Facing environmental conflicts: insights from participatory co-design and co-production in institutional ecological transition initiatives.


  • Cassandra Fontana Università di Firenze
  • Maddalena Rossi Università di Firenze
  • Iacopo Zetti Università di Firenze
  • Andrea Testi Università di Firenze
  • Elena Tarsi Università di Firenze




The imperative to address conflicts, contradictions, and agonistic alternatives in shaping urban spaces aligns seamlessly with the challenges encountered in implementing the ecological transition. In 2019, through the European Green Deal, the European Union formalized its commitment to achieving carbon neutrality by 2050. While the objectives of this strategy are clearly defined, the challenges lie in the intricate implementation methods. A significant hurdle pertains to the imperative of engaging citizens in decision-making processes, integrating them into a systemic transformation. Environmental issues, by their nature, span multiple scales, making them complex to define and interpret. This complexity often results in confusion, inertia, and, most significantly, conflicts. From this standpoint, active citizen participation in the co-creation of policies for ecological transition becomes an absolute prerequisite for both their success and the success of the various institutional projects interconnected with them.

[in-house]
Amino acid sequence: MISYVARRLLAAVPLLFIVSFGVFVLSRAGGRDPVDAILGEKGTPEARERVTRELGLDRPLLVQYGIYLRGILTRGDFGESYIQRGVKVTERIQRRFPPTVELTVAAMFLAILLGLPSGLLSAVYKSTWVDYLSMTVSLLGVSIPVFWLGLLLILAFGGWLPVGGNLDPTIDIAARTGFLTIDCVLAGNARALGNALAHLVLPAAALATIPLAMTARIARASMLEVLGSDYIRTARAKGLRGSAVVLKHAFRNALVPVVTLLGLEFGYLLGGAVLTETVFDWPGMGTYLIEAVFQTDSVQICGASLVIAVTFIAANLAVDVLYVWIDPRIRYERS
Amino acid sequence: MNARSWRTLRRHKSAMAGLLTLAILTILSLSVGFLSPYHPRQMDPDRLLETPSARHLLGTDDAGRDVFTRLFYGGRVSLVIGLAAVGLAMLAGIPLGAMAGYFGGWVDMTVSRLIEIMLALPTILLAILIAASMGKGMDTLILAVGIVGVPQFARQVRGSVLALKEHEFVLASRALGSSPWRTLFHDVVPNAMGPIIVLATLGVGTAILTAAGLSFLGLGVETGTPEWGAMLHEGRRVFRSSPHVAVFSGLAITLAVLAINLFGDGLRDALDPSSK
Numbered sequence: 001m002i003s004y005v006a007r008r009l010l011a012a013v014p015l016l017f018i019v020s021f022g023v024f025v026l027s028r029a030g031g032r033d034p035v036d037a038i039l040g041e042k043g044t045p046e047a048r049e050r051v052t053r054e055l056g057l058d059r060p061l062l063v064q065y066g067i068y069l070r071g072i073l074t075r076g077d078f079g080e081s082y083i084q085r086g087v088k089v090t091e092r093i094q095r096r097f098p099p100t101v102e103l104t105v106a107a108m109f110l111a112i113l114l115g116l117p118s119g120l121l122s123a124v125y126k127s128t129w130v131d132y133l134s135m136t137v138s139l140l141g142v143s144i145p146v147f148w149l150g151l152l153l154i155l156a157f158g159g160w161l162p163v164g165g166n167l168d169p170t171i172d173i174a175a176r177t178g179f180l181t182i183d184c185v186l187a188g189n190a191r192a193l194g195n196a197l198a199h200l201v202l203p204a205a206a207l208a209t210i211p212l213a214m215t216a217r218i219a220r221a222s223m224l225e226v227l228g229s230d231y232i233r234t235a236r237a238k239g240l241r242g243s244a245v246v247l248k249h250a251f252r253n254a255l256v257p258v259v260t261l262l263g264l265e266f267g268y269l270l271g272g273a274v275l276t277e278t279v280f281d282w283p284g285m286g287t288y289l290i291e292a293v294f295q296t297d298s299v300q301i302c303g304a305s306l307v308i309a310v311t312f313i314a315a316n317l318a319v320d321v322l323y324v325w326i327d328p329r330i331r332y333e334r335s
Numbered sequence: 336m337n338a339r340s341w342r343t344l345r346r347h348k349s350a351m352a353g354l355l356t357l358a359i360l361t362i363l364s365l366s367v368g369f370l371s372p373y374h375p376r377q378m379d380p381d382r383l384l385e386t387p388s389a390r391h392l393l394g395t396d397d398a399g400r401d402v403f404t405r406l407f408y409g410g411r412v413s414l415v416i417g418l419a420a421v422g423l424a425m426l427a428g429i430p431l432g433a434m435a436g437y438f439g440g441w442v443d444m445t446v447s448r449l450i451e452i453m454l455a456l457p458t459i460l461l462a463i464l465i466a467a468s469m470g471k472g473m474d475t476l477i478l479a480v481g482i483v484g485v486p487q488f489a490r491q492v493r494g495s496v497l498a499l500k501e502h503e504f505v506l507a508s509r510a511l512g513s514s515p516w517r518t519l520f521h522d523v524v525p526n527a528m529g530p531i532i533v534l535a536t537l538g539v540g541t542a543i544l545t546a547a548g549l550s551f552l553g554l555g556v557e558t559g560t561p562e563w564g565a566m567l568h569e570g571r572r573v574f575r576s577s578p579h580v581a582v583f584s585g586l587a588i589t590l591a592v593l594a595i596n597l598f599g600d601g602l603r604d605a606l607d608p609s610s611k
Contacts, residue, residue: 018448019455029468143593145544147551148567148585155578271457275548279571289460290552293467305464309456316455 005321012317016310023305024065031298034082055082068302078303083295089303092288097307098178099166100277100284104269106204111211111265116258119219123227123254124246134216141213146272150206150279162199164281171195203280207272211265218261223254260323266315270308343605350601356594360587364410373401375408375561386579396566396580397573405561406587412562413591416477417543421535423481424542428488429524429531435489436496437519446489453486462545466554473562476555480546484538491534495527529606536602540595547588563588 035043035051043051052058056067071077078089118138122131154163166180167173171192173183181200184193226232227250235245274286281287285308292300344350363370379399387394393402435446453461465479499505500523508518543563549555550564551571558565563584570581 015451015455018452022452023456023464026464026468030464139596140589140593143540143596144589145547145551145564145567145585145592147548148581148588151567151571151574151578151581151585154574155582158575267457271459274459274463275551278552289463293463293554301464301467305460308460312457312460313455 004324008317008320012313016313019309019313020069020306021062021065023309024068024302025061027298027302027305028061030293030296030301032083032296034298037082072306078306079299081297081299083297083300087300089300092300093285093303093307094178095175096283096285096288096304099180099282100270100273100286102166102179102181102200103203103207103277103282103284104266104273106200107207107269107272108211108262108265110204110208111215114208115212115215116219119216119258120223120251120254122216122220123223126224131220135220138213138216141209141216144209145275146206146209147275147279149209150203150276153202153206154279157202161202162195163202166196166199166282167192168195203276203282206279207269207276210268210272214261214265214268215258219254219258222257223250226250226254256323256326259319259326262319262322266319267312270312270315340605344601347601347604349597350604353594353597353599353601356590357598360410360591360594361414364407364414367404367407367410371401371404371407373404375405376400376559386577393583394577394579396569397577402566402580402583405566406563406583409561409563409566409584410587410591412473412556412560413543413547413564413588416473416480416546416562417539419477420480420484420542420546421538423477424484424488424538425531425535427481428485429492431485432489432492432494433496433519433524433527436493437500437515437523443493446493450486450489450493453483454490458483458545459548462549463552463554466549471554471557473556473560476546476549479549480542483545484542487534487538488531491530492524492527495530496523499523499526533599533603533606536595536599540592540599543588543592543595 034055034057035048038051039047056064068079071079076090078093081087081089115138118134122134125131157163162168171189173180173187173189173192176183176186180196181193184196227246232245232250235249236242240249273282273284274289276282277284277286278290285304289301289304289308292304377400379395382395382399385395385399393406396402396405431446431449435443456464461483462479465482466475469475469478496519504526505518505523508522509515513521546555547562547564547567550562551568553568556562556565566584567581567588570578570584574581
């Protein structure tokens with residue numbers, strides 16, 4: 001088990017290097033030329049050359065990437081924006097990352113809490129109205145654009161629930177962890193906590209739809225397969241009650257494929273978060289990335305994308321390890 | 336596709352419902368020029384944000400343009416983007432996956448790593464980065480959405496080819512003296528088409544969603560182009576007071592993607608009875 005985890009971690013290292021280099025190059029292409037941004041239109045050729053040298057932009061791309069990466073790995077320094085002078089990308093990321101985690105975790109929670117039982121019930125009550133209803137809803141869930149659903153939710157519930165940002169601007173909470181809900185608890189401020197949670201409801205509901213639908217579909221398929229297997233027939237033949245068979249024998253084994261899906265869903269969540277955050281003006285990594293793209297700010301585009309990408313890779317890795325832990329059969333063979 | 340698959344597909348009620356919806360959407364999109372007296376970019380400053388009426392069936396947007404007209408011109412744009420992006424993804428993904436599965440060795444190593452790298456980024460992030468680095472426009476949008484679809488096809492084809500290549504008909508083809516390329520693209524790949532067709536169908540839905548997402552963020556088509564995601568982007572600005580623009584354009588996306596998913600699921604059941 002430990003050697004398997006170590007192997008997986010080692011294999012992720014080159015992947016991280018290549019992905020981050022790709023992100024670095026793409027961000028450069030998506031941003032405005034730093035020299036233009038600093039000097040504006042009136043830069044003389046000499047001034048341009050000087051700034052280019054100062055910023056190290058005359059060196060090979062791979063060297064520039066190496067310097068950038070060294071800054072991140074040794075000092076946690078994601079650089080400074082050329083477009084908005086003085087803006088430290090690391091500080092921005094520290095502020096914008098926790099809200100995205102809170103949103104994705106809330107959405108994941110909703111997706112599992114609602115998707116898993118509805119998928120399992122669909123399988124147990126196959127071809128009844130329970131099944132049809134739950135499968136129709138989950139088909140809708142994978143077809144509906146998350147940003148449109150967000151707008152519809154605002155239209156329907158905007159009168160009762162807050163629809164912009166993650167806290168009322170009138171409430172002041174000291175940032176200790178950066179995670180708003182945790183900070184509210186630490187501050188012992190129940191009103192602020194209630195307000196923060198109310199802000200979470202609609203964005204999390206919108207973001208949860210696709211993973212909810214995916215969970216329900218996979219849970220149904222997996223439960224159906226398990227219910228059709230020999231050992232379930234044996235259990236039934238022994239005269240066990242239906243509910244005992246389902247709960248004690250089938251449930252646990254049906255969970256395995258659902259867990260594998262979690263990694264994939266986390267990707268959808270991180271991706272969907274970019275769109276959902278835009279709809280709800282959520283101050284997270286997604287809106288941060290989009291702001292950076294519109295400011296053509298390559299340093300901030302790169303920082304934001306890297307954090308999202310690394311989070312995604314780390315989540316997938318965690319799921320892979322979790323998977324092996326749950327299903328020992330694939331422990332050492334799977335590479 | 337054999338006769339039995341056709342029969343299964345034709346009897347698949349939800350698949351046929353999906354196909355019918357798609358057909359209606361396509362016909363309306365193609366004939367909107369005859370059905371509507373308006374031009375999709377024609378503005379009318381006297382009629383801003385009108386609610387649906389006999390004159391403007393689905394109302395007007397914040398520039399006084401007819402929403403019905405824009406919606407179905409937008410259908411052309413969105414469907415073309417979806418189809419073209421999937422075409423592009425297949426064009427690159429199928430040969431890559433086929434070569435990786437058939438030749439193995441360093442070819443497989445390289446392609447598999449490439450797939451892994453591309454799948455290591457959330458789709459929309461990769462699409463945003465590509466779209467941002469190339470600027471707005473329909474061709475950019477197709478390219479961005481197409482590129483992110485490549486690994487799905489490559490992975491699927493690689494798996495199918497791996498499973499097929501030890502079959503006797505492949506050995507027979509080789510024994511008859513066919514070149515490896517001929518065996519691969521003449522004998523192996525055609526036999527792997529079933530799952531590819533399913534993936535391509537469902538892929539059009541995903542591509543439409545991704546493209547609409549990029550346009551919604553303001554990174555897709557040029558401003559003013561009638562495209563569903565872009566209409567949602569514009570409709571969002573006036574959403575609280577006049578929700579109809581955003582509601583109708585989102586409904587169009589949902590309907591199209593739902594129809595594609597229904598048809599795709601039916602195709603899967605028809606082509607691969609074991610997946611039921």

Based on these principles, the PHOENIX project was initiated in 2021. The project, acronymically named "Participation in Holistic Environmental/Ecological Innovation," received funding from the European Commission under the research priority associated with the European Green Deal (EGD) within the H2020 Program. Its primary aim is to advance scientific inquiry about participatory processes and democratic innovations focused on environmental issues.

Following the description of the characteristics and research horizons of the PHOENIX project, the paper proceeds to detail the efforts conducted by the Department of Architecture at the University of Florence, a project partner, within it. It elaborates on their work, which involves experimentation with participatory practices designed to contribute to the ecological transition process in the city of Bologna, identified as the project’s pilot territory. The described experience is interpreted paying particular attention to the ways in which environmental conflicts and tensions can be faced thanks to the principle of participatory processes co-design and co-production between civil society and public institutions.

The PHOENIX project, operating within Bologna’s framework of ecological transition policies (including the 2030 Climate Mission and Citizen Assembly on Climate), grapples with challenges and tensions, particularly in relation to significant infrastructural projects. These challenges offer valuable insights into emerging contentious issues in urban development. Through its experimental governance initiatives, the project introduces novel patterns of interaction, contributing to a better understanding of the role conflicts and contradictions play in urban planning techniques and public policy instruments.